"Joe's had another experience that I had ... a son," Bowden said. "Boy, that's a rough one. That's a hard battle to win. You better win all your games. ... Joe went through the same thing. I'd seen that. We're the only profession where a guy can't hire his son. A banker can hire his. A construction guy can hire his."

It was only three seasons ago that Paterno's coaching career was asked to walk the plank by that power drink-addled gaggle of change instigators.

Paterno's situation was far more career-threatening. Penn State had posted four losing seasons in a five-year stretch from 2000 through 2004, with the low point a 3-9 finish in 2003.

"I always kept in touch with Joe, and used him as a barometer," Bowden said. "I could see what was happening to him."

Bowden, who still rises at 4 a.m. for work, has insulated himself from much of the naysayer noise. Not knowing how to turn on a computer helps.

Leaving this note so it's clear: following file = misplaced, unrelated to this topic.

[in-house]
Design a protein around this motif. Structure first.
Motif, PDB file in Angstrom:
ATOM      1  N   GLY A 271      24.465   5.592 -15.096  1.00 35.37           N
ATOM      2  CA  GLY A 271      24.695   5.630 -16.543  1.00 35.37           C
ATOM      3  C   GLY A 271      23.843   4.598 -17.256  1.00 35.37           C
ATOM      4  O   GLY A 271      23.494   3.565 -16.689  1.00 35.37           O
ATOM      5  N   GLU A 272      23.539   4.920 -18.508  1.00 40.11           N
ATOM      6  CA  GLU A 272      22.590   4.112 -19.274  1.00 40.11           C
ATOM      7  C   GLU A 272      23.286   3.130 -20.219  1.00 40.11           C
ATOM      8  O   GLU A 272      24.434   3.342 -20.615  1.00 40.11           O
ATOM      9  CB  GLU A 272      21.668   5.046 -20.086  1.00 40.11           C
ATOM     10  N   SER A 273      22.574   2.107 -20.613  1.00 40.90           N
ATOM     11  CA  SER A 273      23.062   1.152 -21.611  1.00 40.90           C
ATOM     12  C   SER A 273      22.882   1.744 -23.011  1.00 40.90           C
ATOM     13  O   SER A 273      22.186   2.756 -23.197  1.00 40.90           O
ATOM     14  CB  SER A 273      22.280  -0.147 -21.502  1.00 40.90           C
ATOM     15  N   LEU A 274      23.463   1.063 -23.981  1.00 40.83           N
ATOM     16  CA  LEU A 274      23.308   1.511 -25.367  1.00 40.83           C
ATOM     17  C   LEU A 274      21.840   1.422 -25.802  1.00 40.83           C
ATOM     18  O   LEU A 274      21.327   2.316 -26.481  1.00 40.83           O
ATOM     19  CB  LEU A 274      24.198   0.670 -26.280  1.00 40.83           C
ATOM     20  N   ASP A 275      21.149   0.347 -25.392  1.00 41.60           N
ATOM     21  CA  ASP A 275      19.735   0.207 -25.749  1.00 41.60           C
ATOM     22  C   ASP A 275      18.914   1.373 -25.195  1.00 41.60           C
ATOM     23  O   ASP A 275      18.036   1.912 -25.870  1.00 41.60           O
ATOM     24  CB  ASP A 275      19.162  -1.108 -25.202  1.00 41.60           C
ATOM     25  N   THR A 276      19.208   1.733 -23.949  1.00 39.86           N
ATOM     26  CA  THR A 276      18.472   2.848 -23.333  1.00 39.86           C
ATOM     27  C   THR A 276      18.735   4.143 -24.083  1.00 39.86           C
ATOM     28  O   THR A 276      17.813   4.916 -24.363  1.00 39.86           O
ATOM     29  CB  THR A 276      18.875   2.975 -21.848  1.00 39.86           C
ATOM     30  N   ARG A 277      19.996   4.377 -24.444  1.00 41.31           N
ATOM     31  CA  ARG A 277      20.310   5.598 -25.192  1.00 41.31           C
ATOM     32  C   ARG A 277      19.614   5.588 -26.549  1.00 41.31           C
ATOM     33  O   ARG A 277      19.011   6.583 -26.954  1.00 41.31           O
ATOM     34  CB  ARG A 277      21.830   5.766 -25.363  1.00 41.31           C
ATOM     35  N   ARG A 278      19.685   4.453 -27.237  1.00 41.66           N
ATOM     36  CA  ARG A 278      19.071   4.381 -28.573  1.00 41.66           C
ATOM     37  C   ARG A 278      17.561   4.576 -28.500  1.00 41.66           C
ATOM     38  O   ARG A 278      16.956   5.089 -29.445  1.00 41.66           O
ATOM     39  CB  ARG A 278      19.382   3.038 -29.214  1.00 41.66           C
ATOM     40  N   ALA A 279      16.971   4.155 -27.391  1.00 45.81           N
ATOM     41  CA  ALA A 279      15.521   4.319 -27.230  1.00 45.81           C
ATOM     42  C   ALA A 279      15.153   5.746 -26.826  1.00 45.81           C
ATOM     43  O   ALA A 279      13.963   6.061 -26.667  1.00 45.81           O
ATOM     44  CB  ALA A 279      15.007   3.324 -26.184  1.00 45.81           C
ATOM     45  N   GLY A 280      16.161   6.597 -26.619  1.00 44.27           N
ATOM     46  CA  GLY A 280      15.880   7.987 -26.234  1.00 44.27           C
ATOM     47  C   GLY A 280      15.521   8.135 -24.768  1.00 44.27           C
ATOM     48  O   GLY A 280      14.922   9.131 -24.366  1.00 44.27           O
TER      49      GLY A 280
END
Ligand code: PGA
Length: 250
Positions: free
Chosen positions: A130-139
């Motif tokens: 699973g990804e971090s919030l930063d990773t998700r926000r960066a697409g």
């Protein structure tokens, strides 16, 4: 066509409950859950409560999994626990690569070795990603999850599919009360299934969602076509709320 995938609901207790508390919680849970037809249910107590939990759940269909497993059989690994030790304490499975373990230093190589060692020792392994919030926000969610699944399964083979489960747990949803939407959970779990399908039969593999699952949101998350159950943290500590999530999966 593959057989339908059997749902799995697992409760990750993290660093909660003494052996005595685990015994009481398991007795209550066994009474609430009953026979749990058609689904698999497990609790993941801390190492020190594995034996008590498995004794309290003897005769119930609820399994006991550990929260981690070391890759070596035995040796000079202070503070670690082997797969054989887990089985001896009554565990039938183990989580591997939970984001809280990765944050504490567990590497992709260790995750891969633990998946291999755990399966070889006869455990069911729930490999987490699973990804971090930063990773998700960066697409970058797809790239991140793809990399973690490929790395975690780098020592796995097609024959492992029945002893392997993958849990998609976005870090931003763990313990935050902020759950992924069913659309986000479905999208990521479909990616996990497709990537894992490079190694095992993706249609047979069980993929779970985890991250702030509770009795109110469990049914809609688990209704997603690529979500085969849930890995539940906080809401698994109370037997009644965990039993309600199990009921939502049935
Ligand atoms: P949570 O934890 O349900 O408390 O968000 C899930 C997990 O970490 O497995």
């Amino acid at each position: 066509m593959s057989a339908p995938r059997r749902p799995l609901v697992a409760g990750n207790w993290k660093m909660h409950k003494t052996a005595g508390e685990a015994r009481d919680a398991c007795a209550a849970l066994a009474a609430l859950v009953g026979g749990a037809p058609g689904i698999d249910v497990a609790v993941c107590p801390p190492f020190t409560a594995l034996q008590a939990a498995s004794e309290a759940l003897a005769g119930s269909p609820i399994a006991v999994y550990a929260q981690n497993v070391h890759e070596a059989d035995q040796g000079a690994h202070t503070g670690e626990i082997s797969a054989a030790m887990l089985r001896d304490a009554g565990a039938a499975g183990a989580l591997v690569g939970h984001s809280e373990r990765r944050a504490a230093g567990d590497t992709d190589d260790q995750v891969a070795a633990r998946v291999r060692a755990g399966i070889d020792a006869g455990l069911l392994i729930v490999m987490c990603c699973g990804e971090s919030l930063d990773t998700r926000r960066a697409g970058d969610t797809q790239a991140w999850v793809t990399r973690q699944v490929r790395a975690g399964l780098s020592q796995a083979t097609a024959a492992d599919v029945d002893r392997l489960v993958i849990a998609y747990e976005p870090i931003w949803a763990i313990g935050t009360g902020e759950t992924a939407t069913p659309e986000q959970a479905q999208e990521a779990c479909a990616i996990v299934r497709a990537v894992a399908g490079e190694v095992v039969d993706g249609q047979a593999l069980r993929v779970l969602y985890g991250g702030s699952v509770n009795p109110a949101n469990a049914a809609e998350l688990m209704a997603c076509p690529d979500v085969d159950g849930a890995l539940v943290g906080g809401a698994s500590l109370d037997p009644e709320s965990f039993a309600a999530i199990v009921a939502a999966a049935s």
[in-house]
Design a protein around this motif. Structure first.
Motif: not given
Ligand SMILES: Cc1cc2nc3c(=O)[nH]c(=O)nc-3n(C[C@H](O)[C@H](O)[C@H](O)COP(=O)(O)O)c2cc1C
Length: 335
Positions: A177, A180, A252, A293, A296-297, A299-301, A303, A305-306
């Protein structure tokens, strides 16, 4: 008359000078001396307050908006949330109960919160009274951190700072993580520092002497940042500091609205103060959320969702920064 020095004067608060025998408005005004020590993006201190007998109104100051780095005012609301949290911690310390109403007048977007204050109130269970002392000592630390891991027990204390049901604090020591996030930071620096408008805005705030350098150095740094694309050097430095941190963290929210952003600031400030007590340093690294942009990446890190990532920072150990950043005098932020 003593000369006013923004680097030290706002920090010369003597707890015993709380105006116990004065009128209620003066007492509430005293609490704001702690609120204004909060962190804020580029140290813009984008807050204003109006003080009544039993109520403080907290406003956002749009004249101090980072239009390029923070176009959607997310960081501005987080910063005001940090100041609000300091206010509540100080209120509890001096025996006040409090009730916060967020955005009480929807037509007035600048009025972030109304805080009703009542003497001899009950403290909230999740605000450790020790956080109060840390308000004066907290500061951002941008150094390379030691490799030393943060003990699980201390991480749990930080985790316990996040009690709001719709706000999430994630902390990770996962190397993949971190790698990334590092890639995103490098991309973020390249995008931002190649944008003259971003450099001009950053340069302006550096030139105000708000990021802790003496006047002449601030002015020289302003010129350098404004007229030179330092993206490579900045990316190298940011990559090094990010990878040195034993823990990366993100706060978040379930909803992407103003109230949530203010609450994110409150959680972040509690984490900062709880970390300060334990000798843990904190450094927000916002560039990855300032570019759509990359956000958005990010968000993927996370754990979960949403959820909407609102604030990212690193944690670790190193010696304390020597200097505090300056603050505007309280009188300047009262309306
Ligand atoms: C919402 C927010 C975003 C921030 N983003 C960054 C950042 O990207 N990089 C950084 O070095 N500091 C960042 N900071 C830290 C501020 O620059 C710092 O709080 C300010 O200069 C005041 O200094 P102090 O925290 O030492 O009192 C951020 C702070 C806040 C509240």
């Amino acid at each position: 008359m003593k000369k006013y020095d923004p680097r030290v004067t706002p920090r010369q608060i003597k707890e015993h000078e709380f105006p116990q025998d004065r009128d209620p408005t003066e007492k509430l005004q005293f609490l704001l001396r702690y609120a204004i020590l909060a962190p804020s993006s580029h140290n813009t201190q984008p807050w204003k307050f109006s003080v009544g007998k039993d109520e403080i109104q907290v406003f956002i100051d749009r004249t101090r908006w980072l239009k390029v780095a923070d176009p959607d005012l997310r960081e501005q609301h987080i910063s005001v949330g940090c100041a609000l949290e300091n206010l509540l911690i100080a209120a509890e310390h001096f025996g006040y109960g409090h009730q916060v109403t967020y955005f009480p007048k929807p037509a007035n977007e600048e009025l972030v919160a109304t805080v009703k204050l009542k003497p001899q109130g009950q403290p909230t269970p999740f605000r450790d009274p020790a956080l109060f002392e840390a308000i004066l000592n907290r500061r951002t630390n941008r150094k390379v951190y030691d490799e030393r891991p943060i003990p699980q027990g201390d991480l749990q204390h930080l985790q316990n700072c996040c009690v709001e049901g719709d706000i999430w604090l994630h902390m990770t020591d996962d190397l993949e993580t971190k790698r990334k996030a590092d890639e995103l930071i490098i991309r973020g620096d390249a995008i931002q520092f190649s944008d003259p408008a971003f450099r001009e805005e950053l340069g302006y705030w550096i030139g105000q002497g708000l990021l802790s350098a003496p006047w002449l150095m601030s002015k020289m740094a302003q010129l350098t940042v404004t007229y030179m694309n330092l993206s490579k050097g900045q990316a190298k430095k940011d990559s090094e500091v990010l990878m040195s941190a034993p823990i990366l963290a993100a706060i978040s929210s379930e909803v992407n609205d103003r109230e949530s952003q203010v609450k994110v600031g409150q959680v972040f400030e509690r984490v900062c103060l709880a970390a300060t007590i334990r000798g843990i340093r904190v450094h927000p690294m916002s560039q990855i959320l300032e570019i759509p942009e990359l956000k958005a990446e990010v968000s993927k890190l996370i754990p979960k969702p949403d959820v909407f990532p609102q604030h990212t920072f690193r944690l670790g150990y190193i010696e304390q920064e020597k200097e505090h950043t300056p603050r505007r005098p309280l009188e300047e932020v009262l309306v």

Yet, he can feel the negativity.

"I'd call it nasty," Bowden said of some of what he hears, "but you know what? It doesn't surprise me. I was ready for that. I saw it happen to Joe."

Paterno rebounded last year with an 11-1 season that ended with a triple-overtime win against Bowden's team in the Orange Bowl.

Paterno turned 80 on Dec. 21, and, with 362 wins, he trails Bowden by three on the victory list.

Bowden, make no mistake, is plotting his own Paterno-like comeback. Joe already seeded the trail.

Florida State is a young team -- it played 17 true freshmen this season -- and going 6-6 again next year isn't something you'd even joke about.

Five of Florida State's six losses this year were by seven points or fewer.